The majority of his companions were already migrated to Ethiopia, but that faraway land only accorded protection to his followers as refugees.  Christianity was deeply ingrained there.  The Muslims who lived in Ethiopia can escape persecution from their own people in Makkah, but they could not grow as a sovereign nation. 

Thus, after the boycott was lifted, the Prophet went to Taif, hoping that the people of Thaqif (the tribe living in Taif) would accept his calling.   But the Thaqif treated him worse that the Quraysh did.  Not only that their elders insulted him, but to add salt to the wound, they asked their children to throw stones at the Prophet.  This story is well known. 

Dejected, but never a quitter, the Prophet went searching for other fertile grounds.  Every Hajj season, he approached every tribe he could meet to call them to Islam, and to look for the possibility of establishing his base with them.  In most cases, however, he didn’t have much opportunity to have meaningful discussions with them, because these tribes had been forewarned about a “madman” who can work magic on people’s mind.  They were told to be careful and not to listen to him.  His own uncle, Abu Lahab, made it his business to follow the Prophet every time the latter went to meet these tribes, and told them not to listen to his “deranged” nephew.

All his efforts had been fruitless until he met a group of people from the town of Yathrib (later renamed Madinah when the Prophet migrated there).   Thrice he met the people from this town, each with different group.  The first and the second meetings were not quite successful, but the third meeting, which was unplanned and took place at al Aqabah during the Hajj season, bore fruit.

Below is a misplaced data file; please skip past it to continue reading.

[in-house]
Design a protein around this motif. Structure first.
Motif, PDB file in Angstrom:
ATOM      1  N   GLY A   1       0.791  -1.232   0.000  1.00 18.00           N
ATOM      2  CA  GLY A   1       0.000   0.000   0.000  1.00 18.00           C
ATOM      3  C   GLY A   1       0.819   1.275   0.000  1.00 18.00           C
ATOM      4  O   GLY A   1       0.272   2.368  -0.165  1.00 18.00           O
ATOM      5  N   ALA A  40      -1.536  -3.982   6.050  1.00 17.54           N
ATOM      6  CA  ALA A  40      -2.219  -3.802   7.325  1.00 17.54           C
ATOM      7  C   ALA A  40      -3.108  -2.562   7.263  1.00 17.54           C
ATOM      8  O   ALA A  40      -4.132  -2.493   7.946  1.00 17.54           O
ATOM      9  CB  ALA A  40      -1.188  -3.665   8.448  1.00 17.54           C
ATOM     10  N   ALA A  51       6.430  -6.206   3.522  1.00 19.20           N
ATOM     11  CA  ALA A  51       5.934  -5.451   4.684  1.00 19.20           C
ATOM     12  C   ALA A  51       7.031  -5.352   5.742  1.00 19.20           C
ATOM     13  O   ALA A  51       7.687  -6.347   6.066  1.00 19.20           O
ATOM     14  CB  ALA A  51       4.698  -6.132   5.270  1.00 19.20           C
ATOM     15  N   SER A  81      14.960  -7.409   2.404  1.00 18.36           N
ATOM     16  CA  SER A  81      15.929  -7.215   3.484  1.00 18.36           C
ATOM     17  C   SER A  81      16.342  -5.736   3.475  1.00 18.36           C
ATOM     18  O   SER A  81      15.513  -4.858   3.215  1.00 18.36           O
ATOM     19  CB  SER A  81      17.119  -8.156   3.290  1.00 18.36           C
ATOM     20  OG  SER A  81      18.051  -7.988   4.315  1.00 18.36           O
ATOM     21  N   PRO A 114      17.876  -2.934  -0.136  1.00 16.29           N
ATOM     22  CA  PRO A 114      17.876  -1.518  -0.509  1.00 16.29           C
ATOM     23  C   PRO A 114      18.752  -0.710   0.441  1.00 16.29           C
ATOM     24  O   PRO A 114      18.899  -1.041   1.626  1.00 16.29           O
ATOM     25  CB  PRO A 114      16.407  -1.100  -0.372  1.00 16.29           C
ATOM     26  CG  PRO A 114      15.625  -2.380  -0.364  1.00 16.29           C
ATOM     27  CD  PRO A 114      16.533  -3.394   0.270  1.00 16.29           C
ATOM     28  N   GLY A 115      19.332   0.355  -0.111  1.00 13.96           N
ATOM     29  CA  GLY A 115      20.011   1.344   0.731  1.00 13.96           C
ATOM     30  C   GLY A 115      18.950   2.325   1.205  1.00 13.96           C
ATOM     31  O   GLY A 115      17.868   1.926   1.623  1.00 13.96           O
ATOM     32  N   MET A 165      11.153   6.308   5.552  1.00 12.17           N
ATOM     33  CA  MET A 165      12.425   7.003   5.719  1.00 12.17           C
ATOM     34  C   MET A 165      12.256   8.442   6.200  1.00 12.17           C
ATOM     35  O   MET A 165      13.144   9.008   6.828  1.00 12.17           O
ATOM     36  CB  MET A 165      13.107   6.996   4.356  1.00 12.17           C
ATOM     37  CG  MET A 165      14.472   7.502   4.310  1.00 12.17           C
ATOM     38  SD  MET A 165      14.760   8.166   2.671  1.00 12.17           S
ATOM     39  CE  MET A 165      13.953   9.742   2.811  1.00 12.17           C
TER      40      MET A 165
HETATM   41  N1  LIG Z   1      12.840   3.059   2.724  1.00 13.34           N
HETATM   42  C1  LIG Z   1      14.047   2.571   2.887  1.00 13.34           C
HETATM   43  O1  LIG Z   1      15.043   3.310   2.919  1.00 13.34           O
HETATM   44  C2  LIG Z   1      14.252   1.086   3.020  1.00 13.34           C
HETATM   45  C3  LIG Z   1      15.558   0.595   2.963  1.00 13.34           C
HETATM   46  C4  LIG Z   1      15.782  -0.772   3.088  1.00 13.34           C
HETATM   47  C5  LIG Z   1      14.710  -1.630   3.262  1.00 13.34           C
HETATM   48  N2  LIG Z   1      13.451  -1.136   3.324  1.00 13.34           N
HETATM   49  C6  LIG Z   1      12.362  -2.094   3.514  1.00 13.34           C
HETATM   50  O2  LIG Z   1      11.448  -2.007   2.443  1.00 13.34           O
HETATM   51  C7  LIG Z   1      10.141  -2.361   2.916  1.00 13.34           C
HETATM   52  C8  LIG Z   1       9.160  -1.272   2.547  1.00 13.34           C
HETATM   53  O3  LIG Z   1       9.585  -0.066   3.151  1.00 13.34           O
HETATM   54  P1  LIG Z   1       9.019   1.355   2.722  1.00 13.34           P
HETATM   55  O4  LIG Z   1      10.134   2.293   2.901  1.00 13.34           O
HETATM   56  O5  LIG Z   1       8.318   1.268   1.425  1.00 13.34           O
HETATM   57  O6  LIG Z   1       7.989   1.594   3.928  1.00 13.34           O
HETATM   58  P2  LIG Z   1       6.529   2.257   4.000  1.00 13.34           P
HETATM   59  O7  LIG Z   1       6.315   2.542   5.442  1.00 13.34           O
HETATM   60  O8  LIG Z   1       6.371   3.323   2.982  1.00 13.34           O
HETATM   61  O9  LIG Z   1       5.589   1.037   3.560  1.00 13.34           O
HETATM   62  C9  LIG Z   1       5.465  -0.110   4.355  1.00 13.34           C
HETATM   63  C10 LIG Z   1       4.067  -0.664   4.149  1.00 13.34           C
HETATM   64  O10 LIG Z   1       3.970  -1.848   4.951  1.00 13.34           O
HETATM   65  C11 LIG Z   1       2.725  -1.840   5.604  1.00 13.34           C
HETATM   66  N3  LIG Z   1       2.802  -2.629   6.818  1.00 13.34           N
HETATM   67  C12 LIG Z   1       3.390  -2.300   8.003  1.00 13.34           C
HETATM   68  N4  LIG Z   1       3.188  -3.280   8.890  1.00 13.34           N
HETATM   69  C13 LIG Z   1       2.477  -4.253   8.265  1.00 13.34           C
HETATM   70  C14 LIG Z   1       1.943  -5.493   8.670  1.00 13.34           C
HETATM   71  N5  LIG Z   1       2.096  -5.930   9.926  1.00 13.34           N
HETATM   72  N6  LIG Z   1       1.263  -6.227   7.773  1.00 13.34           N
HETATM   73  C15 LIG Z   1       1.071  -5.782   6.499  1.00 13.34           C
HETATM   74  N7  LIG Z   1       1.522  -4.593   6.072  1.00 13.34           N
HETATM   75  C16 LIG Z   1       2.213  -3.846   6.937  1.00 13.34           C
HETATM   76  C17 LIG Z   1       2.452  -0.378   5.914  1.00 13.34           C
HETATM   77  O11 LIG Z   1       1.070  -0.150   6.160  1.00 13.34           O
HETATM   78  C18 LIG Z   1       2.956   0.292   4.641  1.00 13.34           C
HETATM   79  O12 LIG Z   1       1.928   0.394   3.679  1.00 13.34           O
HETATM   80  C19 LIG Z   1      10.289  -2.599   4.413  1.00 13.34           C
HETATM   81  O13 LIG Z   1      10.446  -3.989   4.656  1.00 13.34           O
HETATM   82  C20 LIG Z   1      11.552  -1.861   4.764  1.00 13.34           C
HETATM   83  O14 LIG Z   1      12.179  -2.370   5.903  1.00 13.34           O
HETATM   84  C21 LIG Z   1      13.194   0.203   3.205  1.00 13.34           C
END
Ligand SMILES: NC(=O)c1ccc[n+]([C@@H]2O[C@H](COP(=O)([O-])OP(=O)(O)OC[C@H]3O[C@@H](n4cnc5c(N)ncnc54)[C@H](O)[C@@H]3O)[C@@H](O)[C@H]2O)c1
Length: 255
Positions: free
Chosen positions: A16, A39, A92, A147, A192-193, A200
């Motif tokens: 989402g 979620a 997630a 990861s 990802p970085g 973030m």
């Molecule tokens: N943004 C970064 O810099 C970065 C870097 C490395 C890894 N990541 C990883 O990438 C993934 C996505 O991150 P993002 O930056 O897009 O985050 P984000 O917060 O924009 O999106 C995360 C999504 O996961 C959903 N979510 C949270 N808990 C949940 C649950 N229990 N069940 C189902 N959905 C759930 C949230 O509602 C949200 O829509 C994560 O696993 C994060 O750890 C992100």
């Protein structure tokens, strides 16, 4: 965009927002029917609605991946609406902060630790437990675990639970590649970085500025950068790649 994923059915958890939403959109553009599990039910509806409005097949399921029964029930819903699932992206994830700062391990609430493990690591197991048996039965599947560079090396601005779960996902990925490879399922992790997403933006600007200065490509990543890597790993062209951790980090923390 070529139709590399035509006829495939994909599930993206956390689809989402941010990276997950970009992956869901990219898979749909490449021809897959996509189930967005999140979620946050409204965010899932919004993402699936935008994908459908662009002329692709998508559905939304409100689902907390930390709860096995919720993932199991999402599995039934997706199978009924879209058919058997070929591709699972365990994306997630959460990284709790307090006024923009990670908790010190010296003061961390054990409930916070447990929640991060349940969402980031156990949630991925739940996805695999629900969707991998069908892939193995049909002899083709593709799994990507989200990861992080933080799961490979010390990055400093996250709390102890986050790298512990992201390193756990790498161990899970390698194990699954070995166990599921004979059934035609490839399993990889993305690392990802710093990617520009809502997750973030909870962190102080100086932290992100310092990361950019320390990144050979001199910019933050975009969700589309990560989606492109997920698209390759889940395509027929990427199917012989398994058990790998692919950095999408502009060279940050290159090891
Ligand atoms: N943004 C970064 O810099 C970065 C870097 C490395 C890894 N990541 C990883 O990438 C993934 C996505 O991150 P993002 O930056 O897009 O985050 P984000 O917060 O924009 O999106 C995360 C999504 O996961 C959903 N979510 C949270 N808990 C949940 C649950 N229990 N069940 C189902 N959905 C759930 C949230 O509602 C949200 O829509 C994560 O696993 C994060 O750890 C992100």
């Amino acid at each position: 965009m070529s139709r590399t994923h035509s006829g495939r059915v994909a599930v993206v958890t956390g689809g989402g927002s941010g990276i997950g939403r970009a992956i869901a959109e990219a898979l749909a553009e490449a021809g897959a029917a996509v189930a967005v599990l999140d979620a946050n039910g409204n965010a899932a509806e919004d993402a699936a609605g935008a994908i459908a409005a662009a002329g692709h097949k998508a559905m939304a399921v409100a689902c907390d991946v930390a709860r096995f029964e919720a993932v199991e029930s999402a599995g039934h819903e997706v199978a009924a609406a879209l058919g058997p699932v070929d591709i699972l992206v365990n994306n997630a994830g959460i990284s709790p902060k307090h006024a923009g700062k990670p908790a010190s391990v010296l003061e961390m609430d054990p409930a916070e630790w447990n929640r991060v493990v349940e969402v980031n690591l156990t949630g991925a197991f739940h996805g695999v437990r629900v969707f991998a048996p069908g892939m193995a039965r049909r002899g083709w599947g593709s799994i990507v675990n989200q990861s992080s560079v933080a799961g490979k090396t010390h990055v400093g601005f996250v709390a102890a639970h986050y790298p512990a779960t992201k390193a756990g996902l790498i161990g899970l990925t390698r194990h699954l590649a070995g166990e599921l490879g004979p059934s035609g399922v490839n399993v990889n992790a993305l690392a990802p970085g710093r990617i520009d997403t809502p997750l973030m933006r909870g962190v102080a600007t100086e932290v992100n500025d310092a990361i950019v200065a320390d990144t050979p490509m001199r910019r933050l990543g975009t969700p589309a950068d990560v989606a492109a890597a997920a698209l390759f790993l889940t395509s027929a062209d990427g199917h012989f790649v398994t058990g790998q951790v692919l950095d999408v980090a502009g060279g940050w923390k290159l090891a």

In that meeting, the Prophet bounced into six men and asked: “Who are you?”

“We are members of the Khazraj,” they replied.

Knowing a little bit about the people in Yathrib, the Prophet asked: “You are from the allies of the Jews?”

“Yes,” they replied.

Sensing the opportunity, the Prophet said: “Will you not sit down so that I can speak with you.”   They agreed.

From that unplanned meeting, the Prophet found a fertile ground with these people.  Sensing that these men were familiar with his message, on account that they were neighbours to the Jews, he seized the opportunity to present Islam to them.   

It so happened that the Arabs in Yathrib were divided into two main factions: the Tribe of Aus and the Tribe of Khazraj.  One cannot accept the leadership of the other, and always at the loggerhead with one another.  It also happened that there were three Jewish tribes in Yathrib, whose role, among others, was to perpetuate the enmity between the Aus and the Khazraj.  When the Aus clashed with the Khazraj, their Jewish allies would side with one against the other.  In fact, during the chanced meeting between the Prophet and these six men from Yathrib, the Aus and the Khazraj were still nursing the aftermath of the bloody clash known as Bu’aath war.